John Casey: a Founder of Modern Geometry


John Casey (1820-1891).

Next Tuesday – 12th May – is the 200th anniversary of the birth of John Casey, a notable Irish geometer. Casey was born in 1820 in Kilbeheny, Co Limerick. He was educated in nearby Mitchelstown, where he showed great aptitude for mathematics and also had a gift for languages. He became a mathematics teacher, first in Tipperary Town and later in Kilkenny [TM186; or search for “thatsmaths” at ].

Although having no advanced education, Casey pursued his interests in mathematics in his leisure time. His work came to the attention of George Salmon and Richard Townsend of Trinity College Dublin. They persuaded him to enter Trinity College, which he did in 1858. He was elected a Scholar in 1861 and graduated the following year.

Mathematical Papers

John-Casey-SequelCasey took a position as Science Master at Kingstown School (Dun Laoghaire) and continued with his mathematical studies. In 1873 he was appointed professor at the Catholic University in St Stephen’s Green, later reconstituted as University College Dublin. He declined an offer of a chair at Trinity College: being a man of deep religious convictions, he felt obliged to support the development of Catholic education in Ireland.

Casey produced several research papers on geometry while studying at Trinity College. In his career, he published more than twenty mathematical papers, many appearing in the “Philosophical Transactions of the Royal Society” and in the “Proceedings of the Royal Irish Academy”. He also wrote six textbooks on geometry that were well received and widely used. In one of these, “A Sequel to Euclid”, published by Hodges, Figgis & Co in 1881, Casey included extensions to the theorems of Euclid that he had discovered in his own research. In consequence, he is regarded as one of the founders of the modern geometry of the triangle and circle.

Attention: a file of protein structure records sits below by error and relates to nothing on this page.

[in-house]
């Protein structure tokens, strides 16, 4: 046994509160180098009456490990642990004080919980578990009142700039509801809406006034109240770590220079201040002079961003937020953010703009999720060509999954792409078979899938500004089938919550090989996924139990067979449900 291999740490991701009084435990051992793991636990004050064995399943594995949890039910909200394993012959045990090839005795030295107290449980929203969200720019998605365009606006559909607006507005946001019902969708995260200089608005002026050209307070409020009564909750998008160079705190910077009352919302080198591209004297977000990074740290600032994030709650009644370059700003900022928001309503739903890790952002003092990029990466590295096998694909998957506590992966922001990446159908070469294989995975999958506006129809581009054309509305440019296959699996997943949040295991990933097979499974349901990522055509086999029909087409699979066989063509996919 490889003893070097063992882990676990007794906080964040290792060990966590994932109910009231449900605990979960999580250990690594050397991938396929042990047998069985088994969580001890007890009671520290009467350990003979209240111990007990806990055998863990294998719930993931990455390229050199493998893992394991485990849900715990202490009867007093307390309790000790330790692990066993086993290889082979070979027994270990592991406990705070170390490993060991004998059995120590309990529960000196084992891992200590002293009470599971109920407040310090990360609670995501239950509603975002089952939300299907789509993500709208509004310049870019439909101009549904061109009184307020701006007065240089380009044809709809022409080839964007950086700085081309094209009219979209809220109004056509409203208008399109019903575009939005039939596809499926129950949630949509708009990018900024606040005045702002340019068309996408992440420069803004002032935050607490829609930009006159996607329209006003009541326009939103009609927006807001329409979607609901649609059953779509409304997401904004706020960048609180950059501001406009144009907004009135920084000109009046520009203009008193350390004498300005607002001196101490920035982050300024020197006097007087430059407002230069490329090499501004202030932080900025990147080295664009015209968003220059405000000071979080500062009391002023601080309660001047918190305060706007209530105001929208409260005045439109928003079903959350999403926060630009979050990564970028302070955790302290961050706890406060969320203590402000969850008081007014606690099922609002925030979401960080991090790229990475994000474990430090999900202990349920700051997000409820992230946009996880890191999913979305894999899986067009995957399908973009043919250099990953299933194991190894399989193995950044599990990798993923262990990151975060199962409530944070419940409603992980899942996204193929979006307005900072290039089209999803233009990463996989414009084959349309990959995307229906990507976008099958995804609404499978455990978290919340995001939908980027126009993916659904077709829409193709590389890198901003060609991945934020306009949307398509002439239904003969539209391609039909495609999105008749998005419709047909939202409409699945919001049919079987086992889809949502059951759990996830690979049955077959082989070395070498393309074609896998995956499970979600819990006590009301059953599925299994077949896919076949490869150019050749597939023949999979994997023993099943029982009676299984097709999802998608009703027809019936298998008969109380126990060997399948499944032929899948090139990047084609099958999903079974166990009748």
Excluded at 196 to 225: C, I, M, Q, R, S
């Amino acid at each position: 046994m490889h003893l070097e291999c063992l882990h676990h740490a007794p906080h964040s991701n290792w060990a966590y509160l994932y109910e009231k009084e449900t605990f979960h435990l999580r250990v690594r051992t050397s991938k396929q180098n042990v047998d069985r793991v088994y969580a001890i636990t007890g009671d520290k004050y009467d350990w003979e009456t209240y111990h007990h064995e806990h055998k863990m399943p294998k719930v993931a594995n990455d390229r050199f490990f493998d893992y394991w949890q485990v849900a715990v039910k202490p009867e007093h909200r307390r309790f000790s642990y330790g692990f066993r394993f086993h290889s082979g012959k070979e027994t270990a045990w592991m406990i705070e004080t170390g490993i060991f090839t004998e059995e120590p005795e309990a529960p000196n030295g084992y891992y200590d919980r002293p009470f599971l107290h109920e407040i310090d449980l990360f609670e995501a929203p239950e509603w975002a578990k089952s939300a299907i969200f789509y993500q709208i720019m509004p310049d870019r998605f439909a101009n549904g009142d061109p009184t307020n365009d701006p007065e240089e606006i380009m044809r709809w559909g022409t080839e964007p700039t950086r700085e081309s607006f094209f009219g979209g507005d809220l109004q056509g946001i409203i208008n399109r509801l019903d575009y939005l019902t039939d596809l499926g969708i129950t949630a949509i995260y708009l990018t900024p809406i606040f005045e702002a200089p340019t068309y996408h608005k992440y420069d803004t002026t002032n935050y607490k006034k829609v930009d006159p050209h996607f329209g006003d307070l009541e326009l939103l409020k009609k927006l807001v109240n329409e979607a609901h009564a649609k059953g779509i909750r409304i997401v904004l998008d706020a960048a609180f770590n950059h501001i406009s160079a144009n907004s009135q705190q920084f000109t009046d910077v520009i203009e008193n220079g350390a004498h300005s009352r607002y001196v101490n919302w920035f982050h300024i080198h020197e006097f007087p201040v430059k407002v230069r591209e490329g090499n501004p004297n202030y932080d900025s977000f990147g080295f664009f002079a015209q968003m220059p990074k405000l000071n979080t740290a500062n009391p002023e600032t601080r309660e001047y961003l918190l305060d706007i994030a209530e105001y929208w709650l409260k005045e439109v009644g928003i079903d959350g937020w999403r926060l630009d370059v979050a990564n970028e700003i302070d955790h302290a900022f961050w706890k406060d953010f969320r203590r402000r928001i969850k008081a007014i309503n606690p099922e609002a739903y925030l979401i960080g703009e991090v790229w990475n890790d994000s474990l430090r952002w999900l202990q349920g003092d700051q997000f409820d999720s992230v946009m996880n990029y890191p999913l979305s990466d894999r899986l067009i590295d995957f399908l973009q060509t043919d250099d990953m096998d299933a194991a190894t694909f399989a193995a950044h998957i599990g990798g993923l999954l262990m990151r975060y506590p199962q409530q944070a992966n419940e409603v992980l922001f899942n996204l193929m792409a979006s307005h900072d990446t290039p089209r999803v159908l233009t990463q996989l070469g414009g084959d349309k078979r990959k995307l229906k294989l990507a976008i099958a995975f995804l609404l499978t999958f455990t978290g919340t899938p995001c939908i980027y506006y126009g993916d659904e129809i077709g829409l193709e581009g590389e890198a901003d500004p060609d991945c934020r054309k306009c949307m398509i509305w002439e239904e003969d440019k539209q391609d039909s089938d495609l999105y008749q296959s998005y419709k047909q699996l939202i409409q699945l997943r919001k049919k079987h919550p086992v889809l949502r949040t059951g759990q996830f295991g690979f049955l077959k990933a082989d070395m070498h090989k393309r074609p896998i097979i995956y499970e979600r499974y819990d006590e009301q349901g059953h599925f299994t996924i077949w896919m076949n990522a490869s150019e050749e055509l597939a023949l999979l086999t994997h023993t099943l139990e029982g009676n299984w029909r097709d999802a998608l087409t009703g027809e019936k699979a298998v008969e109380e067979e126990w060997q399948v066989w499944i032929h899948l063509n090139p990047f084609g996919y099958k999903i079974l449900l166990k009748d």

Casey’s Theorem

Some two thousand years ago the Greek astronomer Claudius Ptolemy established a result in Euclidean geometry: for a quadrilateral inscribed in a circle, the product of the diagonals is equal to the sum of the products of the opposite sides. In symbols, if the sides, in order, are A, B, C and D and the diagonals are M and N, then AC + BD = MN. This theorem was extended by Casey: he replaced the vertices of the quadrilateral by circles within and tangent to the outer circle, and proved a result for the common tangents that greatly generalized Ptolemy’s theorem.


Casey’s Theorem relates the lengths of tangents between four circles within a larger circle [figure adapted from (thanks to Maurice O’Reilly)].

Another theorem of Casey is important for graphic designers. For four points A, B, C and D in order on a line, with the circles of diameter AC and BD intersecting at point O, the angle BOC is called Casey’s angle. Its importance is that it is a perspective invariant, and this helps artists to produce realistic images and video game designers to achieve verisimilitude.


Casey’s Angle [Applet written by Maurice O’Reilly, DCU].

Casey married in 1847 and had two sons and two daughters. He received many distinctions in recognition of his mathematical work. In 1866 he was elected as a member of the Royal Irish Academy, later serving as its Vice-president. In 1875 he was made a Fellow of the Royal Society. He was awarded honorary degrees by Dublin University and by the Royal University of Ireland. He died, aged 70 years, in 1891 and is buried in Glasnevin Cemetery.


Gow, Rod, 2000: John Casey, 1820-1891. In Creators of Mathematics: the Irish Connection. Editor Ken Houston, UCD Press, Dublin, ISBN: 1-900621-49-5.

Applets written by Maurice O’Reilly, DCU: 

(1)  Applet to illustrate Casey’s Theorem

(2)  Applet to illustrate Casey’s Angle (parallel projection)
(3)  Applet to illustrate Casey’s Angle (projection from a point)

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